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(32) The vain Jackdaw

 A Jackdaw, as vain and conceited as Jackdaw could be, picked up the feathers which some Peacocks had shed, stuck them amongst his own, and despising his old companions introduced himself with the greatest assurance in to a flock of those beautiful birds. They, instantly detecting the intruder, stripped him of his borrowed plumes, and falling upon him with their beaks sent him about his business. The unlucky Jackdaw, sorely punished and deeply sorrowing, betook himself to his former companions, and would have flocked with them again as if nothing had happened. But they, recollecting what airs he had given himself, drummed him out of their society, while one of those whom he had so lately despised read him this lecture: "Had you been contented with what nature made you, you would have escaped the chastisement of your betters and also the contempt of your equals."

(31) The Frog and the Ox

 An Ox, grazing in a swampy meadow, chanced to set his foot among a parcel of young Frogs, and crushed nearly the whole brood to death. One that escaped ran off to his mother with the dreadful news; "And, O mother!," said he, "It was a beast-such a big, four-footed beast!- that did it." "Big?" quoth the old Frog, "how big? was it as big"- and she puffed herself out to a great degree-"as big as this?" "Oh!" said the little one, "a great deal bigger than that." "Well, was it so big?" and she swelled herself out yet more. "Indeed, mother, but it was; and if you were to burst yourself you would never reach half its size." Provoked at such a disparagement of her powers, the old Frog made one more trial, and burst herself indeed. Moral: So men are ruined by attempting a greatness to which they have no claim.

(30) The fisherman piping

 A Man who cared more for his notes than his nets, seeing some fish in the sea began playing on his pipe, thinking that they would jump out on shore. But finding himself disappointed he took a casting-net and enclosing a great multitude of fish drew them to land. When he saw the fish dancing and flapping about he smiled and said, "Since you would not dance when I piped, I will have none of your dancing now." Moral of this story: It is a great art to do the right thing at the right season.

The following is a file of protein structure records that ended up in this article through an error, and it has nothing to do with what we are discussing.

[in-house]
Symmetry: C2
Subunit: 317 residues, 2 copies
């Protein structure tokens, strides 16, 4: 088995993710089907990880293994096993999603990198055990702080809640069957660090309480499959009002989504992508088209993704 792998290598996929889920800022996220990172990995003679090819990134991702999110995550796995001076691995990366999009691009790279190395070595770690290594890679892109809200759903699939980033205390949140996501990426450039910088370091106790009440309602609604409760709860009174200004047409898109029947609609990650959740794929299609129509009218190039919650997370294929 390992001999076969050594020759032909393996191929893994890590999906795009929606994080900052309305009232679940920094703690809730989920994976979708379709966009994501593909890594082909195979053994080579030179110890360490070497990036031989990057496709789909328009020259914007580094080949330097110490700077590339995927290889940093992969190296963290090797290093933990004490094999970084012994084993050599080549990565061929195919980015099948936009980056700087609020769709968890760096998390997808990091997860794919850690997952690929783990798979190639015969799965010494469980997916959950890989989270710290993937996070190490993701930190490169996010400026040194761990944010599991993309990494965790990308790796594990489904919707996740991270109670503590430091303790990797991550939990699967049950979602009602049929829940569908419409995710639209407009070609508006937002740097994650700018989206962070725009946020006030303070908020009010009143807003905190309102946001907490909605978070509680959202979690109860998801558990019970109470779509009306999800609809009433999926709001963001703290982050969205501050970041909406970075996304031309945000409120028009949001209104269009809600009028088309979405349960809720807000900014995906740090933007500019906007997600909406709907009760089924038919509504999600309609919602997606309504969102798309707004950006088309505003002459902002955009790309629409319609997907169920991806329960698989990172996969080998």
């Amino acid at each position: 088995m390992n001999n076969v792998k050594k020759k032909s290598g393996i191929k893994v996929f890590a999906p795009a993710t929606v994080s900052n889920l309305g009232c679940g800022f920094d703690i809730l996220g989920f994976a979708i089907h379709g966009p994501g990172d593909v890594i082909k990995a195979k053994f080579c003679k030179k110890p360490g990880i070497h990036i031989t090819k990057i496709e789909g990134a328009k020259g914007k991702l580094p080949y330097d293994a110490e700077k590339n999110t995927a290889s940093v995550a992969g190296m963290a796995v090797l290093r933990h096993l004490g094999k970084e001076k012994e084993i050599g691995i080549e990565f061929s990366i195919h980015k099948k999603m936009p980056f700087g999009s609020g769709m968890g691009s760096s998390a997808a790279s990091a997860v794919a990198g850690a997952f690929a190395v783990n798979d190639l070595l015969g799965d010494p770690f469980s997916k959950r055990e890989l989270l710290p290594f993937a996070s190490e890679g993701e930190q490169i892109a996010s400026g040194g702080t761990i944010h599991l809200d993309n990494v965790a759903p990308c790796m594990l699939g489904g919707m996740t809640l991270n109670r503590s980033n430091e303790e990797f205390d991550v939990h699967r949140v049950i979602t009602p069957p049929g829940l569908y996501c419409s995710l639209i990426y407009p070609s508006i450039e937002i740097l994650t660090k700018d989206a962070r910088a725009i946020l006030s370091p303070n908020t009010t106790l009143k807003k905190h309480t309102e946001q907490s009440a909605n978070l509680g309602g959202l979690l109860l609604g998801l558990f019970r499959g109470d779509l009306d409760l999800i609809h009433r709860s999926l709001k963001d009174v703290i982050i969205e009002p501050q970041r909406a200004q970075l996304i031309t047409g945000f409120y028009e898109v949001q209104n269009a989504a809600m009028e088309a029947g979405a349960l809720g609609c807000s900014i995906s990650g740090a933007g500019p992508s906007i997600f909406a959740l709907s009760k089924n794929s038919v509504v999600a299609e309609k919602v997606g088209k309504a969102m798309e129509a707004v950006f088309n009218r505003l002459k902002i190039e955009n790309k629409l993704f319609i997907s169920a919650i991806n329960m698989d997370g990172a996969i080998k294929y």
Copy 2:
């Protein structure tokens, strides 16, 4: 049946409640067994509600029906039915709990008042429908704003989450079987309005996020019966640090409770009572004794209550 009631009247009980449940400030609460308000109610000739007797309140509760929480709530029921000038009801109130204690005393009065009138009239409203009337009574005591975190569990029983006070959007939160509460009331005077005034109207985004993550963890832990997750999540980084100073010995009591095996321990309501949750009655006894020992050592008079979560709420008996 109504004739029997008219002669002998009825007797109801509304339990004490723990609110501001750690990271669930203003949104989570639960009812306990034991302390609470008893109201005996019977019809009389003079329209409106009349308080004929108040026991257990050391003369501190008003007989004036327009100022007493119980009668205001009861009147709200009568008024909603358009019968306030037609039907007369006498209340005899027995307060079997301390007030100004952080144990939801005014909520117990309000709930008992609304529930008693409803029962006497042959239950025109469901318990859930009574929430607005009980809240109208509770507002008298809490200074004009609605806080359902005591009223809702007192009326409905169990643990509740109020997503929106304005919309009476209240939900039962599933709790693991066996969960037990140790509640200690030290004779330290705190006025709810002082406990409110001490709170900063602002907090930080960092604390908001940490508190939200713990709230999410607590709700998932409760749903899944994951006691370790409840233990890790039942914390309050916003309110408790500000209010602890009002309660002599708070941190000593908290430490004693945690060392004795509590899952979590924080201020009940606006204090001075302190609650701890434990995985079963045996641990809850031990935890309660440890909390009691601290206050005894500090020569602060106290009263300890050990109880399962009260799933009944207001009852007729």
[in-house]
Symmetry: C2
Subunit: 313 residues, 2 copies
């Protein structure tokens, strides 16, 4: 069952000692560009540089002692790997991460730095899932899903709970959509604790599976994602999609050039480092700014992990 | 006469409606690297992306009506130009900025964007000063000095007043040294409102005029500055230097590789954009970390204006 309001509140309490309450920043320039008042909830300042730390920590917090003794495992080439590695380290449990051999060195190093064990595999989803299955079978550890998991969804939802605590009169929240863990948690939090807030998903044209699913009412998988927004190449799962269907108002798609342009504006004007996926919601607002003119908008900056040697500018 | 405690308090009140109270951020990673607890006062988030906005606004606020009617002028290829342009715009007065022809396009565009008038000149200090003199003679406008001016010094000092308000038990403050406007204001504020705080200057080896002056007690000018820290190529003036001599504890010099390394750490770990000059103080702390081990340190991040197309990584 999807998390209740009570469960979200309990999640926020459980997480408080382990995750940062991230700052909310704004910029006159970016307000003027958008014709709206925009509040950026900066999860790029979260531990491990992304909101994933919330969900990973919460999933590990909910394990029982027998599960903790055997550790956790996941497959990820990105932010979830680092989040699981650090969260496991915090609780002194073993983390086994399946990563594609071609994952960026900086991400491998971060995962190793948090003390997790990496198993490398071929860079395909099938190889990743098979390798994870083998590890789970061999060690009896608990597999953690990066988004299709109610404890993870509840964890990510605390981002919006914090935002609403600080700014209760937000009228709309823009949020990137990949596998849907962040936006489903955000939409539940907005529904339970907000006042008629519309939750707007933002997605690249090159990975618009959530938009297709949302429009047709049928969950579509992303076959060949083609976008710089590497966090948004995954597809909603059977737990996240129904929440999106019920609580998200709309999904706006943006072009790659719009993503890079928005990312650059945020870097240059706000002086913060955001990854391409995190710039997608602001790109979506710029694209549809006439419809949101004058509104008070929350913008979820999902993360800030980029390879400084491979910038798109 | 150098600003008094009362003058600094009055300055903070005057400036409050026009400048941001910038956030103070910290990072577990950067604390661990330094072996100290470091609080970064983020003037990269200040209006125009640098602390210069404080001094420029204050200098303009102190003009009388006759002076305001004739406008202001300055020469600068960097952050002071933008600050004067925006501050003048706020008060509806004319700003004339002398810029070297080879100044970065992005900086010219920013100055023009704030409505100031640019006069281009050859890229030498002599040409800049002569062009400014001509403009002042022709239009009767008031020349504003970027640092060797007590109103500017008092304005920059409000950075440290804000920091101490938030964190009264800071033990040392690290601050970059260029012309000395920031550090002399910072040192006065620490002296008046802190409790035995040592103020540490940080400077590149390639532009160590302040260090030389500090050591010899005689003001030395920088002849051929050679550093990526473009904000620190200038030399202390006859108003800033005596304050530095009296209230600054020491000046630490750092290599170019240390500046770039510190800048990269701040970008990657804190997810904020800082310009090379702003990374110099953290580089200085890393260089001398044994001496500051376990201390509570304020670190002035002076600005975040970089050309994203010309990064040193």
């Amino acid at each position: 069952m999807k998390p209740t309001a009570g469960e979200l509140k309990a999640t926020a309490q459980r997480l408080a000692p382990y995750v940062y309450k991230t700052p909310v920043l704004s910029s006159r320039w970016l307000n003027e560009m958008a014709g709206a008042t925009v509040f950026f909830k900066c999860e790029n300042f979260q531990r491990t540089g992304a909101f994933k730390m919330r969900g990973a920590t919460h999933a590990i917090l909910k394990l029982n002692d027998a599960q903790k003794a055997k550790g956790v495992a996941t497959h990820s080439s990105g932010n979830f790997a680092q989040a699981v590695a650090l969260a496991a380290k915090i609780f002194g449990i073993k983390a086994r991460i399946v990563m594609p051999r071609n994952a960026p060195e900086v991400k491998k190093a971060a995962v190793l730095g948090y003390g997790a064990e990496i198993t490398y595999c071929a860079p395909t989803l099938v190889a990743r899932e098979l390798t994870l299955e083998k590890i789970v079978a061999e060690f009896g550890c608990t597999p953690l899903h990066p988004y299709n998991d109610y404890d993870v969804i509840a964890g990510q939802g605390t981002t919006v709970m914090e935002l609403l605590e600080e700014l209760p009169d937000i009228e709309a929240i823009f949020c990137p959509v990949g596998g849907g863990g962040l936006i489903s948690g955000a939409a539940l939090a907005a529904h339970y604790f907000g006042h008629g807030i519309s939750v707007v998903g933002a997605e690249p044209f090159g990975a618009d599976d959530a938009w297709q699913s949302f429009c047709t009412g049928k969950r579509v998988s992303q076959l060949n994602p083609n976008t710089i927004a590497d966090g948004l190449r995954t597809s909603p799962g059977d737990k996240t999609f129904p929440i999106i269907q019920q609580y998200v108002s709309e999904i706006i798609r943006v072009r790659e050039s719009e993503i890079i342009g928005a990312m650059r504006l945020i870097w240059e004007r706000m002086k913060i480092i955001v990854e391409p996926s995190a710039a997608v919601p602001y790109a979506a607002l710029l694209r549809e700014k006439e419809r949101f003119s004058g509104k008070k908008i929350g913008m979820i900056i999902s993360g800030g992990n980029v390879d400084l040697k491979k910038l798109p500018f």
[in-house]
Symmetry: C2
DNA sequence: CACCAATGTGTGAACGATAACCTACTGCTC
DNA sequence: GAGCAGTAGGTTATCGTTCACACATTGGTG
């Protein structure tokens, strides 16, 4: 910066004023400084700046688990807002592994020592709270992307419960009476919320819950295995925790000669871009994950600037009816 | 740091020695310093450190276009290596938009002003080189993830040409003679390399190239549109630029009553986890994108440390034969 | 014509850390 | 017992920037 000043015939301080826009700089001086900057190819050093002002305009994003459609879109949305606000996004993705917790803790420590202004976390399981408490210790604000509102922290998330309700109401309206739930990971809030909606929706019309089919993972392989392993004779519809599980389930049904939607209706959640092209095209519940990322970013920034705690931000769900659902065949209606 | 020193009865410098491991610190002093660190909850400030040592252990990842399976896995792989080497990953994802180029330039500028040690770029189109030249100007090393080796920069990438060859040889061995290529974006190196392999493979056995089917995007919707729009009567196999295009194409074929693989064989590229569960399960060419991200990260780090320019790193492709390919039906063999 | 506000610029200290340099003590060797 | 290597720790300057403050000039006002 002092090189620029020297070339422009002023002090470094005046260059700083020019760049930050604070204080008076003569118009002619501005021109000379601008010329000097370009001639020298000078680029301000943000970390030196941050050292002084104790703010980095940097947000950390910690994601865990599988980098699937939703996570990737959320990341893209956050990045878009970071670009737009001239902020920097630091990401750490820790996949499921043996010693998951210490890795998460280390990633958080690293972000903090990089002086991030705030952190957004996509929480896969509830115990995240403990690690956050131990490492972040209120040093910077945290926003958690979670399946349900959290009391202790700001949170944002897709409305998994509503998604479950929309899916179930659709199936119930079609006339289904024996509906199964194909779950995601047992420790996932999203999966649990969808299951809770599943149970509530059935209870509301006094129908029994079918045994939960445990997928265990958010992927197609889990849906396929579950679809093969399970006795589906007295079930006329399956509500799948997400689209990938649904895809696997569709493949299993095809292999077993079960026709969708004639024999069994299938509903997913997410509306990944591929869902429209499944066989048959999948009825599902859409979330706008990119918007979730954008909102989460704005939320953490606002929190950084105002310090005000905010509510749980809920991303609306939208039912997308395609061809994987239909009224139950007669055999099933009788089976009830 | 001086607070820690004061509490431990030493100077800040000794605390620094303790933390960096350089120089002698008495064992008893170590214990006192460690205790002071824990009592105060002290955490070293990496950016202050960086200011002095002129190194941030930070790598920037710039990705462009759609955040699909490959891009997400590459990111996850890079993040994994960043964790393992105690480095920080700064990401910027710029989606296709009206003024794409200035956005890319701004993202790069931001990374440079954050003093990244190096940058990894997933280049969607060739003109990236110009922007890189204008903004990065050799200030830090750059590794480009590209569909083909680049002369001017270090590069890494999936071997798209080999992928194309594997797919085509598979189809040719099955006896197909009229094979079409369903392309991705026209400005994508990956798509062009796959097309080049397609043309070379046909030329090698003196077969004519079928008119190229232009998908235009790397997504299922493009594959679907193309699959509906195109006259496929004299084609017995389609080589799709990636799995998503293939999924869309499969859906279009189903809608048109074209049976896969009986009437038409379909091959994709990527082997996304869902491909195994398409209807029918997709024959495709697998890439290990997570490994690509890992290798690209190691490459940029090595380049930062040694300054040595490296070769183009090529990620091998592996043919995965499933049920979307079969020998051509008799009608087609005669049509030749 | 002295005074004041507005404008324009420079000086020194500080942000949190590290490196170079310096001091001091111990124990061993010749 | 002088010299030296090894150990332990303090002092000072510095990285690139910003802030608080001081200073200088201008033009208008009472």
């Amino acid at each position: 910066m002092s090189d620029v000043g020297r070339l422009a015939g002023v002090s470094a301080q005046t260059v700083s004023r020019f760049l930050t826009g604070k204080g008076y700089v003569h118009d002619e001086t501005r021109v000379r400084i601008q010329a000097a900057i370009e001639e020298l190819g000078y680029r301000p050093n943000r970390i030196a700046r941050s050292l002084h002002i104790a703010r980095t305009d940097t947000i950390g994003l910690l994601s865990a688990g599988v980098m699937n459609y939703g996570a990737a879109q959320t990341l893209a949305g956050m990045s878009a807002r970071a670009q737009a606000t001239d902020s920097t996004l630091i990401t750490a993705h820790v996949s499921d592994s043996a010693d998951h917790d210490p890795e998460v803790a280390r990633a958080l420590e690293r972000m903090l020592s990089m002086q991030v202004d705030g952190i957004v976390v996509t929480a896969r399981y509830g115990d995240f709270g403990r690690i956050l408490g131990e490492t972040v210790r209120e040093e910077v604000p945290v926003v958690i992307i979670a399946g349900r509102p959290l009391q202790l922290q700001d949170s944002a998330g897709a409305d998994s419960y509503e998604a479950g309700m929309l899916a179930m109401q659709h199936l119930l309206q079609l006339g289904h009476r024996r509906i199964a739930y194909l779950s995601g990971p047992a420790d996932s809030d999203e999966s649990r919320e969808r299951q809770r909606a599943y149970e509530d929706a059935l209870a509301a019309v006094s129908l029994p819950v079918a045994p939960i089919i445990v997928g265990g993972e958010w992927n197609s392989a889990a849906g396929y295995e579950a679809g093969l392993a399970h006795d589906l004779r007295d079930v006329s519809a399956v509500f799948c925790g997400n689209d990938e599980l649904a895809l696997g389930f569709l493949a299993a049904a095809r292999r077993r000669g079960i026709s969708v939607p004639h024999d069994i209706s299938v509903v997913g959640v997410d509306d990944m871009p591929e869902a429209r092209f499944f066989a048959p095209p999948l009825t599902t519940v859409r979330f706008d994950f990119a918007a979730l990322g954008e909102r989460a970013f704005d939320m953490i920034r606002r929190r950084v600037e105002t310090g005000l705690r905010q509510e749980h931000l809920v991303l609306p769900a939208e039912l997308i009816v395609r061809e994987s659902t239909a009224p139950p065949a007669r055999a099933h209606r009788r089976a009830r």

(29) The Mouse and the Frog

 A Mouse on an evil day made acquaintance with a Frog, and they set off on their travels together. The Frog, on pretence of great affection, and of keeping his companion out of harm's way, tied the Mouse's fore-foot to his own hind-leg, and thus proceeded for some distance by land. Presently they came to some water, and the Frog, bidding the Mouse with good courage, began to swim across. They had scarcely, however, arrived midway when the Frog took a sudden plunge to the bottom, dragging the unfortunate Mouse after him. But the struggling and floundering of the Mouse made so great commotion in the water that is attracted the attention of a Kite, who, pouncing down, and bearing off the Mouse, carried away the Frog at the same time in his train. Moral for children: Inconsiderate and ill-matched alliances generally end in ruin; and the man who compasses the destruction of his neighbour is often caught in his own snare. Label: Stories for kids by Aesop.

(28) The Bear and the Fox

 A Bear used to boast of his excessive love for Man, saying that he never worried or mauled him when dead. The Fox observed, with a smile, "I should have thought more of your profession if you never ate him alive." Moral for kids- Better save a man from dying than save him when dead. Labels: Fables of Aesop.

(27) The Mountain in labour

 In days of yore a mighty rumbling was heard in a Mountain. It was said to be in labour, and multitudes flocked together, from far and near, to see what it would produce. After long expectations and many wise conjectures from the by-standers -out popped a Mouse! Moral: This story applies to those whose magnificent promises end in a paltry performance.

(26) The Horse and the Groom

 A Groom who used to steal and sell a Horse's corn, was yet very busy in grooming and wisping him all the day long. "If you really wish me," said the Horse, "to look well, give me less of your currying and more of your corn."